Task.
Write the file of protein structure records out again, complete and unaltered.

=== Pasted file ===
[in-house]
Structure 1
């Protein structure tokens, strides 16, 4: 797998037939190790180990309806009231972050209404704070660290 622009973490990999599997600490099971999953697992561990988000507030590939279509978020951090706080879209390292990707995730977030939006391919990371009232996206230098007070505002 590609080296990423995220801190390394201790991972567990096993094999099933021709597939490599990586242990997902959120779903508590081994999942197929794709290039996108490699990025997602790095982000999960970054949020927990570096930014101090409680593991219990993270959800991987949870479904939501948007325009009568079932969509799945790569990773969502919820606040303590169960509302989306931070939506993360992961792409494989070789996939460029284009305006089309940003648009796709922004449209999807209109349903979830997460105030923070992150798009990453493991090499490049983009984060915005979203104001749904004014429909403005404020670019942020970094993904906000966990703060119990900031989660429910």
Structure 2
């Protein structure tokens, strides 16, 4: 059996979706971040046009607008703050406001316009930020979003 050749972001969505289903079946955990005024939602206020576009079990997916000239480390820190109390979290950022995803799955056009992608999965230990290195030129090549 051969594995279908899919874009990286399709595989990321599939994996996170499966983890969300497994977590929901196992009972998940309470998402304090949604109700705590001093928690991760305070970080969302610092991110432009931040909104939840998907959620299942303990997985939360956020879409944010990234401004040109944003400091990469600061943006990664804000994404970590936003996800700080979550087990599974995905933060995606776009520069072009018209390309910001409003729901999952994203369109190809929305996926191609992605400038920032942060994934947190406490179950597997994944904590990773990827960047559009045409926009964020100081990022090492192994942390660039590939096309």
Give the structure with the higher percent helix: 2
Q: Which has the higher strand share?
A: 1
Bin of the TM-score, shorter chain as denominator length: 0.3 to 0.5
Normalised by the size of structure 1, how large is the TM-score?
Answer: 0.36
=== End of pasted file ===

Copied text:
[in-house]
Structure 1
């Protein structure tokens, strides 16, 4: 797998037939190790180990309806009231972050209404704070660290 622009973490990999599997600490099971999953697992561990988000507030590939279509978020951090706080879209390292990707995730977030939006391919990371009232996206230098007070505002 590609080296990423995220801190390394201790991972567990096993094999099933021709597939490599990586242990997902959120779903508590081994999942197929794709290039996108490699990025997602790095982000999960970054949020927990570096930014101090409680593991219990993270959800991987949870479904939501948007325009009568079932969509799945790569990773969502919820606040303590169960509302989306931070939506993360992961792409494989070789996939460029284009305006089309940003648009796709922004449209999807209109349903979830997460105030923070992150798009990453493991090499490049983009984060915005979203104001749904004014429909403005404020670019942020970094993904906000966990703060119990900031989660429910």
Structure 2
């Protein structure tokens, strides 16, 4: 059996979706971040046009607008703050406001316009930020979003 050749972001969505289903079946955990005024939602206020576009079990997916000239480390820190109390979290950022995803799955056009992608999965230990290195030129090549 051969594995279908899919874009990286399709595989990321599939994996996170499966983890969300497994977590929901196992009972998940309470998402304090949604109700705590001093928690991760305070970080969302610092991110432009931040909104939840998907959620299942303990997985939360956020879409944010990234401004040109944003400091990469600061943006990664804000994404970590936003996800700080979550087990599974995905933060995606776009520069072009018209390309910001409003729901999952994203369109190809929305996926191609992605400038920032942060994934947190406490179950597997994944904590990773990827960047559009045409926009964020100081990022090492192994942390660039590939096309």
Give the structure with the higher percent helix: 2
Q: Which has the higher strand share?
A: 1
Bin of the TM-score, shorter chain as denominator length: 0.3 to 0.5
Normalised by the size of structure 1, how large is the TM-score?
Answer: 0.36